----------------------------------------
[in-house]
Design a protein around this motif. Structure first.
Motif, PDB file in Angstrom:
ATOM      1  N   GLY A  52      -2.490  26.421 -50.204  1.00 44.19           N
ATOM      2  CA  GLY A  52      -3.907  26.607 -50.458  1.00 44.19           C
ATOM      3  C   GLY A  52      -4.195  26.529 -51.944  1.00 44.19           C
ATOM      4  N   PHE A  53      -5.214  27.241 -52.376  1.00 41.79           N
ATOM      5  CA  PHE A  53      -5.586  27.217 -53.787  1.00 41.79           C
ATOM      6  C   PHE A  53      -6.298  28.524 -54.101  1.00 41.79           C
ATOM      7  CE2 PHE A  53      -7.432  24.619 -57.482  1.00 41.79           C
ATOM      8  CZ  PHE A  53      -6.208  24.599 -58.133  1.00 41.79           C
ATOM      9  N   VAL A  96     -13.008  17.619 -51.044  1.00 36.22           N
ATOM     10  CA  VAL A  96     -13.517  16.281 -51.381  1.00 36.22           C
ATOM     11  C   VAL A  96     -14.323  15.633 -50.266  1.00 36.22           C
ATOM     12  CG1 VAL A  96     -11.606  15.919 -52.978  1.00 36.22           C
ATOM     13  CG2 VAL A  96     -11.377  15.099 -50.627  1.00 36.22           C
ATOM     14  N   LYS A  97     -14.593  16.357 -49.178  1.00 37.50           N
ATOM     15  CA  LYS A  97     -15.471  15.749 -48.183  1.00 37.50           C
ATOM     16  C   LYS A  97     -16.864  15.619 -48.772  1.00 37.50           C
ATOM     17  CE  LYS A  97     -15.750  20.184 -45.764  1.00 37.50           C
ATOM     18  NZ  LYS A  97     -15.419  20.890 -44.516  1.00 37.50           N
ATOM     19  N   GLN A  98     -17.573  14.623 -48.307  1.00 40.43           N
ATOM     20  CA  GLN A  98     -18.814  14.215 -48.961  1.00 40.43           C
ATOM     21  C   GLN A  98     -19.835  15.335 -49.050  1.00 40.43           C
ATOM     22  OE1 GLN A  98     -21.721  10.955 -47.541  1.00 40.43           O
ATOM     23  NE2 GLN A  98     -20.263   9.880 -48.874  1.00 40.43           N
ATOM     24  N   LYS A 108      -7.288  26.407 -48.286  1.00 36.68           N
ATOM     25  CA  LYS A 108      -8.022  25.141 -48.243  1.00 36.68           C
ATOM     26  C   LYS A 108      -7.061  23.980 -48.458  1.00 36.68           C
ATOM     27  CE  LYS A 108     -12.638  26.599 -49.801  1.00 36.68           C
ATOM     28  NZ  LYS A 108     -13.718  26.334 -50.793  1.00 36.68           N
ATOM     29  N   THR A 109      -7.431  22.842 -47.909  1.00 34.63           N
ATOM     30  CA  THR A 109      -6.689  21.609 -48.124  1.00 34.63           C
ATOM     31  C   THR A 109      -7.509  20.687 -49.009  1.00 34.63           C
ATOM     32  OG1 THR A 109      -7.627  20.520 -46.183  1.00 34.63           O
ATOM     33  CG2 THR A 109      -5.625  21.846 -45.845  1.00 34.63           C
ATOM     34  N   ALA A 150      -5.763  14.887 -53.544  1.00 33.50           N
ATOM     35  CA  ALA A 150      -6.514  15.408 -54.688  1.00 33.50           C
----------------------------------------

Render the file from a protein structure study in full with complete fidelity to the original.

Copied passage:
[in-house]
Design a protein around this motif. Structure first.
Motif, PDB file in Angstrom:
ATOM      1  N   GLY A  52      -2.490  26.421 -50.204  1.00 44.19           N
ATOM      2  CA  GLY A  52      -3.907  26.607 -50.458  1.00 44.19           C
ATOM      3  C   GLY A  52      -4.195  26.529 -51.944  1.00 44.19           C
ATOM      4  N   PHE A  53      -5.214  27.241 -52.376  1.00 41.79           N
ATOM      5  CA  PHE A  53      -5.586  27.217 -53.787  1.00 41.79           C
ATOM      6  C   PHE A  53      -6.298  28.524 -54.101  1.00 41.79           C
ATOM      7  CE2 PHE A  53      -7.432  24.619 -57.482  1.00 41.79           C
ATOM      8  CZ  PHE A  53      -6.208  24.599 -58.133  1.00 41.79           C
ATOM      9  N   VAL A  96     -13.008  17.619 -51.044  1.00 36.22           N
ATOM     10  CA  VAL A  96     -13.517  16.281 -51.381  1.00 36.22           C
ATOM     11  C   VAL A  96     -14.323  15.633 -50.266  1.00 36.22           C
ATOM     12  CG1 VAL A  96     -11.606  15.919 -52.978  1.00 36.22           C
ATOM     13  CG2 VAL A  96     -11.377  15.099 -50.627  1.00 36.22           C
ATOM     14  N   LYS A  97     -14.593  16.357 -49.178  1.00 37.50           N
ATOM     15  CA  LYS A  97     -15.471  15.749 -48.183  1.00 37.50           C
ATOM     16  C   LYS A  97     -16.864  15.619 -48.772  1.00 37.50           C
ATOM     17  CE  LYS A  97     -15.750  20.184 -45.764  1.00 37.50           C
ATOM     18  NZ  LYS A  97     -15.419  20.890 -44.516  1.00 37.50           N
ATOM     19  N   GLN A  98     -17.573  14.623 -48.307  1.00 40.43           N
ATOM     20  CA  GLN A  98     -18.814  14.215 -48.961  1.00 40.43           C
ATOM     21  C   GLN A  98     -19.835  15.335 -49.050  1.00 40.43           C
ATOM     22  OE1 GLN A  98     -21.721  10.955 -47.541  1.00 40.43           O
ATOM     23  NE2 GLN A  98     -20.263   9.880 -48.874  1.00 40.43           N
ATOM     24  N   LYS A 108      -7.288  26.407 -48.286  1.00 36.68           N
ATOM     25  CA  LYS A 108      -8.022  25.141 -48.243  1.00 36.68           C
ATOM     26  C   LYS A 108      -7.061  23.980 -48.458  1.00 36.68           C
ATOM     27  CE  LYS A 108     -12.638  26.599 -49.801  1.00 36.68           C
ATOM     28  NZ  LYS A 108     -13.718  26.334 -50.793  1.00 36.68           N
ATOM     29  N   THR A 109      -7.431  22.842 -47.909  1.00 34.63           N
ATOM     30  CA  THR A 109      -6.689  21.609 -48.124  1.00 34.63           C
ATOM     31  C   THR A 109      -7.509  20.687 -49.009  1.00 34.63           C
ATOM     32  OG1 THR A 109      -7.627  20.520 -46.183  1.00 34.63           O
ATOM     33  CG2 THR A 109      -5.625  21.846 -45.845  1.00 34.63           C
ATOM     34  N   ALA A 150      -5.763  14.887 -53.544  1.00 33.50           N
ATOM     35  CA  ALA A 150      -6.514  15.408 -54.688  1.00 33.50           C